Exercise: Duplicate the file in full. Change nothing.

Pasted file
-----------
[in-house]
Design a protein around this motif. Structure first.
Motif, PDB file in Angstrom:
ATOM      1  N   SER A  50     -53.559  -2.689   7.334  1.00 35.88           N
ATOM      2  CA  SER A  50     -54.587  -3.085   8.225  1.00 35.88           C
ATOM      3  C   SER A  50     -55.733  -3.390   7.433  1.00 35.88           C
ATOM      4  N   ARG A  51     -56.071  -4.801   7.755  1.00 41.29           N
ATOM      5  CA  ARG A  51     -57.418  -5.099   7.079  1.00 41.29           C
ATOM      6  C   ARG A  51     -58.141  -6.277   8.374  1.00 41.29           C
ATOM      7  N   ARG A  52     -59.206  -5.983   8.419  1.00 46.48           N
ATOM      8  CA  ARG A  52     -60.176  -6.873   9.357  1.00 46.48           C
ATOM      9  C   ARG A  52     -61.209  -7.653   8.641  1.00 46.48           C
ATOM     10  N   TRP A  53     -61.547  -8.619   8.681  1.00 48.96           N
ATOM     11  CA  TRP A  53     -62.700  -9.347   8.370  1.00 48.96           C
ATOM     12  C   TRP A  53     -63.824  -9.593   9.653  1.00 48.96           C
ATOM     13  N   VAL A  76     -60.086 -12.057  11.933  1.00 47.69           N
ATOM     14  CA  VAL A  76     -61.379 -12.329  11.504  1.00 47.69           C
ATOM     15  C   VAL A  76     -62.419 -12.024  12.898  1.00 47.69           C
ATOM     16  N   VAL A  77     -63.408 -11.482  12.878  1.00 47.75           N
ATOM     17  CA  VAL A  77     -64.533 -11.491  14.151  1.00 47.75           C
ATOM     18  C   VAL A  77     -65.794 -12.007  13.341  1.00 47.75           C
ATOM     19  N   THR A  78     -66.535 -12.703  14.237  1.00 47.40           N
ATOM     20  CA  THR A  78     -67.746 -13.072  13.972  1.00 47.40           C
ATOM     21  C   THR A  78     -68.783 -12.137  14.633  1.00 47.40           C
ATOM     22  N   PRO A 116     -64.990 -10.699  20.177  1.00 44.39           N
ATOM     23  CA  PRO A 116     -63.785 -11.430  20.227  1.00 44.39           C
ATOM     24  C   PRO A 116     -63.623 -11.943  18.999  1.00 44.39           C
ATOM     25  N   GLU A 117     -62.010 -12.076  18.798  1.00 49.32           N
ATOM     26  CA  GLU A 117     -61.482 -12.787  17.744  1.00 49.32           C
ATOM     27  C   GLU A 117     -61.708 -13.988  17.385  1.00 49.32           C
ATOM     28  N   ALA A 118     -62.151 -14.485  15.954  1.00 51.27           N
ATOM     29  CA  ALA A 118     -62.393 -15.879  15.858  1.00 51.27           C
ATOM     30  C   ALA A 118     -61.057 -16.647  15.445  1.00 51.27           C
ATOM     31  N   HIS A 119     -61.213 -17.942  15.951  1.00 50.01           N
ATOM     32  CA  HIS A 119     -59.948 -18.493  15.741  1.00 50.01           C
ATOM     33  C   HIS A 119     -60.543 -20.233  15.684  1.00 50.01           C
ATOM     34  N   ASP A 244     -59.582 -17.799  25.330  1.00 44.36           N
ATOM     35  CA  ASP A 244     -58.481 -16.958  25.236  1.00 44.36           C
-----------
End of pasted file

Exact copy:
[in-house]
Design a protein around this motif. Structure first.
Motif, PDB file in Angstrom:
ATOM      1  N   SER A  50     -53.559  -2.689   7.334  1.00 35.88           N
ATOM      2  CA  SER A  50     -54.587  -3.085   8.225  1.00 35.88           C
ATOM      3  C   SER A  50     -55.733  -3.390   7.433  1.00 35.88           C
ATOM      4  N   ARG A  51     -56.071  -4.801   7.755  1.00 41.29           N
ATOM      5  CA  ARG A  51     -57.418  -5.099   7.079  1.00 41.29           C
ATOM      6  C   ARG A  51     -58.141  -6.277   8.374  1.00 41.29           C
ATOM      7  N   ARG A  52     -59.206  -5.983   8.419  1.00 46.48           N
ATOM      8  CA  ARG A  52     -60.176  -6.873   9.357  1.00 46.48           C
ATOM      9  C   ARG A  52     -61.209  -7.653   8.641  1.00 46.48           C
ATOM     10  N   TRP A  53     -61.547  -8.619   8.681  1.00 48.96           N
ATOM     11  CA  TRP A  53     -62.700  -9.347   8.370  1.00 48.96           C
ATOM     12  C   TRP A  53     -63.824  -9.593   9.653  1.00 48.96           C
ATOM     13  N   VAL A  76     -60.086 -12.057  11.933  1.00 47.69           N
ATOM     14  CA  VAL A  76     -61.379 -12.329  11.504  1.00 47.69           C
ATOM     15  C   VAL A  76     -62.419 -12.024  12.898  1.00 47.69           C
ATOM     16  N   VAL A  77     -63.408 -11.482  12.878  1.00 47.75           N
ATOM     17  CA  VAL A  77     -64.533 -11.491  14.151  1.00 47.75           C
ATOM     18  C   VAL A  77     -65.794 -12.007  13.341  1.00 47.75           C
ATOM     19  N   THR A  78     -66.535 -12.703  14.237  1.00 47.40           N
ATOM     20  CA  THR A  78     -67.746 -13.072  13.972  1.00 47.40           C
ATOM     21  C   THR A  78     -68.783 -12.137  14.633  1.00 47.40           C
ATOM     22  N   PRO A 116     -64.990 -10.699  20.177  1.00 44.39           N
ATOM     23  CA  PRO A 116     -63.785 -11.430  20.227  1.00 44.39           C
ATOM     24  C   PRO A 116     -63.623 -11.943  18.999  1.00 44.39           C
ATOM     25  N   GLU A 117     -62.010 -12.076  18.798  1.00 49.32           N
ATOM     26  CA  GLU A 117     -61.482 -12.787  17.744  1.00 49.32           C
ATOM     27  C   GLU A 117     -61.708 -13.988  17.385  1.00 49.32           C
ATOM     28  N   ALA A 118     -62.151 -14.485  15.954  1.00 51.27           N
ATOM     29  CA  ALA A 118     -62.393 -15.879  15.858  1.00 51.27           C
ATOM     30  C   ALA A 118     -61.057 -16.647  15.445  1.00 51.27           C
ATOM     31  N   HIS A 119     -61.213 -17.942  15.951  1.00 50.01           N
ATOM     32  CA  HIS A 119     -59.948 -18.493  15.741  1.00 50.01           C
ATOM     33  C   HIS A 119     -60.543 -20.233  15.684  1.00 50.01           C
ATOM     34  N   ASP A 244     -59.582 -17.799  25.330  1.00 44.36           N
ATOM     35  CA  ASP A 244     -58.481 -16.958  25.236  1.00 44.36           C